Deputy Prime Minister, Nick Clegg, has brought in the New Year by announcing that tackling tax avoidance by the wealthy and large businesses in Britain is at the forefront of the Lib Dem’s priorities for 2012.
In a video hosted on The Guardian’s website on 5 January 2012 with the article ‘Nick Clegg vows to tackle tax avoidance and excessive pay’, Nick Clegg says on the topic of tax avoidance by the wealthy and large businesses:
“There seems to be a wealthy elite of individuals or large companies who can pay a football team of accountants to play kind of clever tricks with the tax system so that they don’t pay their fair share. And that’s what needs to come to an end.”
In 2012 the Deputy Prime Minister aims to “make sure the tax system is simpler, more open and fairer so that everybody pays their fair share.”
In an interview with Radio 4’s Today programme Clegg said that he thought there are ‘millions’ of honest tax payers who are “quite rightly angered” by large businesses and the wealthy who “basically see paying tax as an optional extra” and “pick and choose the taxes” they pay.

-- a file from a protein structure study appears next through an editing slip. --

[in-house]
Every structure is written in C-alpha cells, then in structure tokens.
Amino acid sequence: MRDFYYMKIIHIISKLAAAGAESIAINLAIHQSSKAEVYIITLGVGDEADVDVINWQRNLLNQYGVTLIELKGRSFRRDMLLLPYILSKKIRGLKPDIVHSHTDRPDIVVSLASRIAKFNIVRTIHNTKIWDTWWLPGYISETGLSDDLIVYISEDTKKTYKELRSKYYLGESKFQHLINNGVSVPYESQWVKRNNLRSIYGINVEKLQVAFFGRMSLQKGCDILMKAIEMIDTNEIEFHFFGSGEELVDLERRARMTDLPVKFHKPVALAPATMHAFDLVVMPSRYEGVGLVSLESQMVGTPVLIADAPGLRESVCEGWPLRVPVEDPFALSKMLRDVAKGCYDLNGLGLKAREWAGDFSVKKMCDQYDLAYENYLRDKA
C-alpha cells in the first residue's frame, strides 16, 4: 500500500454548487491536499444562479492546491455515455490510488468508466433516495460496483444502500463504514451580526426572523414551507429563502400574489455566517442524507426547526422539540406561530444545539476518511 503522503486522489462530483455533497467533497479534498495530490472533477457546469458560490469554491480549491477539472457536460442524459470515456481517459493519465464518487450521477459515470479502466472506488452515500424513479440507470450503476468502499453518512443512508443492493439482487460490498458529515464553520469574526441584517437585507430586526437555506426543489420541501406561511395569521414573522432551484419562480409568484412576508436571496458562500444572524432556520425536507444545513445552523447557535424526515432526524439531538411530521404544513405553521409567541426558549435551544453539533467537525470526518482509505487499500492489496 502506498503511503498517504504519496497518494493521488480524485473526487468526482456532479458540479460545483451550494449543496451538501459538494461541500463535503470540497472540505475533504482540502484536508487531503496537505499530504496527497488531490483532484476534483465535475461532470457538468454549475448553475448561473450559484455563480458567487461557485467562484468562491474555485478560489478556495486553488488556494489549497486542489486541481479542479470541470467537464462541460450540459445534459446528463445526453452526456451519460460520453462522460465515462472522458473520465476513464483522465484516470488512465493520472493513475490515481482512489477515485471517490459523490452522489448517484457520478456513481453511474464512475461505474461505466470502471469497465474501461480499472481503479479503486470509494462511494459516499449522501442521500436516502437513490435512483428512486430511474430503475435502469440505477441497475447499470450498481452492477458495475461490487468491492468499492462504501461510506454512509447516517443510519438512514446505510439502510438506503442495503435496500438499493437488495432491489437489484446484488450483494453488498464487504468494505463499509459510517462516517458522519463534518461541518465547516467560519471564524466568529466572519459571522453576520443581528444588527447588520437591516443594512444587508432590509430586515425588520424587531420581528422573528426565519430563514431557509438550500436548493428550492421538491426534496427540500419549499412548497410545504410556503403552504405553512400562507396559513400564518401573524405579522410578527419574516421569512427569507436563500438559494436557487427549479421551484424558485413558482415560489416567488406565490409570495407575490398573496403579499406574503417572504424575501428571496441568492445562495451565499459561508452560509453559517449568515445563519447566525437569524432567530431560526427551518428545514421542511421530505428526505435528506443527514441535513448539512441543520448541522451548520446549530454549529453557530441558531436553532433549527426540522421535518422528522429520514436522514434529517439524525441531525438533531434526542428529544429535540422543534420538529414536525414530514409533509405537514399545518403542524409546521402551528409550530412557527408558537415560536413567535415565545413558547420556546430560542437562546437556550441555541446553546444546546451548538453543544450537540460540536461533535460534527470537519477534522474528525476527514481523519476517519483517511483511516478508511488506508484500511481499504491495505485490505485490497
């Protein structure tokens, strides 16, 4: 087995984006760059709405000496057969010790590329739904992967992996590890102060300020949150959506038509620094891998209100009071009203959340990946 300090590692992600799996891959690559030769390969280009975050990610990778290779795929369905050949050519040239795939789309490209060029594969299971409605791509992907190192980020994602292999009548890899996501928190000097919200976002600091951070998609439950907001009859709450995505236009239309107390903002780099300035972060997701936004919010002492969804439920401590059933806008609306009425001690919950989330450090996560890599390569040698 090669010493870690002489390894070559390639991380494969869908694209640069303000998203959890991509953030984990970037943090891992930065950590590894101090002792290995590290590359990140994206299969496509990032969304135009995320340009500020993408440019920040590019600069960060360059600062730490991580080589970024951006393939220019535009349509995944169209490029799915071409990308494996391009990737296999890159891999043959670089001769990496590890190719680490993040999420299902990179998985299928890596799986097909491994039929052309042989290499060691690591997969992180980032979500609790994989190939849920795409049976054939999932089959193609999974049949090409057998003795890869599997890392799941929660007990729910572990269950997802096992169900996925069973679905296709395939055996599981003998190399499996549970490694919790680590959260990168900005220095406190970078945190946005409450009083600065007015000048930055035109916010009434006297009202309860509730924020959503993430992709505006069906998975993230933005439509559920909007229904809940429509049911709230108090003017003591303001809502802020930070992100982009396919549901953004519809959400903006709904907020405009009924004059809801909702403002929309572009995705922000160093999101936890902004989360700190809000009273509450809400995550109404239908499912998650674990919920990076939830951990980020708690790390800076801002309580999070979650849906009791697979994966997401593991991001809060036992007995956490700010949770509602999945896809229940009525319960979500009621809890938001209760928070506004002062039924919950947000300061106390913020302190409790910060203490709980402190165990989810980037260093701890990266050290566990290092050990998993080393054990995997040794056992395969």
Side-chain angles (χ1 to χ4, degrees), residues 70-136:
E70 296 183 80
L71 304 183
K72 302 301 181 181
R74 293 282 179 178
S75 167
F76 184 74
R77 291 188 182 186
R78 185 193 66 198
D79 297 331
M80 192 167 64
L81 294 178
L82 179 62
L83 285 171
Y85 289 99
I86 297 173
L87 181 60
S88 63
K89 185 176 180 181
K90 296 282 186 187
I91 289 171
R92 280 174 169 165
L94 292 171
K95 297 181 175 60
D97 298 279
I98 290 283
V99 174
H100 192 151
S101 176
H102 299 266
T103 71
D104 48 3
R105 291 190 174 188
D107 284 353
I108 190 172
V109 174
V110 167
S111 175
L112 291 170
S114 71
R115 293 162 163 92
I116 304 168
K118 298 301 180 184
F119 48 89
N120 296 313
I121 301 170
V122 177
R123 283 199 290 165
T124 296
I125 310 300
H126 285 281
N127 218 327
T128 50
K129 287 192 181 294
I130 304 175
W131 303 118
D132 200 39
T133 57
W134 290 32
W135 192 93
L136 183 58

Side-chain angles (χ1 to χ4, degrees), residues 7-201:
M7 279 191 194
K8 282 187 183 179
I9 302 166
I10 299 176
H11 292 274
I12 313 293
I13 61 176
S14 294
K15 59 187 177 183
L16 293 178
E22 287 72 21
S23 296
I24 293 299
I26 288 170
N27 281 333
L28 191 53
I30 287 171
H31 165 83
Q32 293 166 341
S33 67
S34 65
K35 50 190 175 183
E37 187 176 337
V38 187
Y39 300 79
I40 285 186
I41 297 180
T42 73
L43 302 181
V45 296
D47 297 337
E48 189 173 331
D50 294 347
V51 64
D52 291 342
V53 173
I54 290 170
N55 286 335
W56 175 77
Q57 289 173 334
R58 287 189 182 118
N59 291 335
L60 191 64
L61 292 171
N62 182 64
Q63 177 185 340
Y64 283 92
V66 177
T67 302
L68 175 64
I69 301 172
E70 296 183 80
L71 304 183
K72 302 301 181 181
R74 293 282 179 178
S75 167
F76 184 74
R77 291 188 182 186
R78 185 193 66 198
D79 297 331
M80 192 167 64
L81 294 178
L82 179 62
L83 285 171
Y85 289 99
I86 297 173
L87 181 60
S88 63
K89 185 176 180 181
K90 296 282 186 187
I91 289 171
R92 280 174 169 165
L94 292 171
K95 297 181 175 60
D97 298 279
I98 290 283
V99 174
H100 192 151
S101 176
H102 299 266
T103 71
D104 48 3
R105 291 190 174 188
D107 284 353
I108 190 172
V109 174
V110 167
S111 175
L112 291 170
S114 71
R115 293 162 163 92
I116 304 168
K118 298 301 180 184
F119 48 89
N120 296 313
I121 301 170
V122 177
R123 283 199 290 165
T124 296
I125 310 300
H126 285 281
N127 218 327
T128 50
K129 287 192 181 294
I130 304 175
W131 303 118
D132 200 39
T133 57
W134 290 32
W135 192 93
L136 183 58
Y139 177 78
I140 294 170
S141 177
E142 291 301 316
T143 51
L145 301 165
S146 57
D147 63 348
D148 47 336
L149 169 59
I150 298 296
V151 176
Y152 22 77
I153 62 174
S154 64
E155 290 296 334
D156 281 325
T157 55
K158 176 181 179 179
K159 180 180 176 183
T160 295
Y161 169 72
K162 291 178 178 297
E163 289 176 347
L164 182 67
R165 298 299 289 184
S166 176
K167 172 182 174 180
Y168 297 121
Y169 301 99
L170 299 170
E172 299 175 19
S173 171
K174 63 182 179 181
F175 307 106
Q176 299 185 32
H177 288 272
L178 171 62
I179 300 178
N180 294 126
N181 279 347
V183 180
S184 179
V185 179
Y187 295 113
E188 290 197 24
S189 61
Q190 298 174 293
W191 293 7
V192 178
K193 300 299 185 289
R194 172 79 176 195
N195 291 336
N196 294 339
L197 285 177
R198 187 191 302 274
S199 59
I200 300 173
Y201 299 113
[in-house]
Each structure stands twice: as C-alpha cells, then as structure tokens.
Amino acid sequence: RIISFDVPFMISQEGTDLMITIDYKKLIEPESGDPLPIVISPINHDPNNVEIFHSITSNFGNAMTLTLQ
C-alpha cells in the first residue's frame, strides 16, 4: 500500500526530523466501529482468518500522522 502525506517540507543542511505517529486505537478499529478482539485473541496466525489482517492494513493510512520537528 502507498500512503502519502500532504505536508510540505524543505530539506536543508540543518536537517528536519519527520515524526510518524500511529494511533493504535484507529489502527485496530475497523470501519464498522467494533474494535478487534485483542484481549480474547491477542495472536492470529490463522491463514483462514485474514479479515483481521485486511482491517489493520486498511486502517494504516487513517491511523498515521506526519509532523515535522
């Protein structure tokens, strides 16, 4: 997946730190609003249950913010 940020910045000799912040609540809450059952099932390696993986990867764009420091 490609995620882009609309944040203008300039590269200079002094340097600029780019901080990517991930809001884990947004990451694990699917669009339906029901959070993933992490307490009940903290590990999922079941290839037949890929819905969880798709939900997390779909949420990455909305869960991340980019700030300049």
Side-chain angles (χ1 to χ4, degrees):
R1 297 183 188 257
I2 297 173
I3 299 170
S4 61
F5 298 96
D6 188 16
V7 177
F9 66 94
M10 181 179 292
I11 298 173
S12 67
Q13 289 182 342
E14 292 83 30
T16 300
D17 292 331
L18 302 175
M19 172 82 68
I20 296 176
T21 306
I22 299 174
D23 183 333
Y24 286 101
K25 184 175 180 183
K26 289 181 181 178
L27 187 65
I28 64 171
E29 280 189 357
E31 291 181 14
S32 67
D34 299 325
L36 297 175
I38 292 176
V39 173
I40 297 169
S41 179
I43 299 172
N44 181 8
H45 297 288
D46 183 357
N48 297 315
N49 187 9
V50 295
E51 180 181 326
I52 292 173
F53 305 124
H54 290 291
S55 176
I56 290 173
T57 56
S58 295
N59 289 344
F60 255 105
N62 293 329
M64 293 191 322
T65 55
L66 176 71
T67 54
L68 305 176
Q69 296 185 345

Clegg is hoping to ensure everybody pays their ‘fair share’ of tax by introducing the UK’s first ‘general anti-avoidance rule’; “there should be a general rule that you can’t play the system, you can’t abuse the system”, he added.
Clegg finished the interview with Radio 4 by cementing his stance on Britain’s tax system:
“I will continue to advocate a system as a Liberal Democrat where you have a lower burden on work and enterprise and a higher burden of tax on wealth. I think we have a tax system that is unbalanced.”
Prime Minister, David Cameron, speaking on Thursday 5th January to a crowd of entrepreneurs and small businesses in Maidenhead, Berkshire, said that he thinks “a tougher approach” is needed on tax avoidance adopted by large companies using “fancy corporate lawyers” in order “to make sure they pay their fair share” of tax.
Cameron added that whilst the government is trying to reduce corporation tax that businesses in Britain “should pay that rate of tax rather than trying to avoid it”.
Kevin Kinsella Jnr, of KinsellaTax, said:
“Come on Dave and Nick, same old line has been going on since my dad, an old Irishman who worked for the LTE, left after working there for 40 years and got for his pension NOTHING, NOWT, SWEET FA.”
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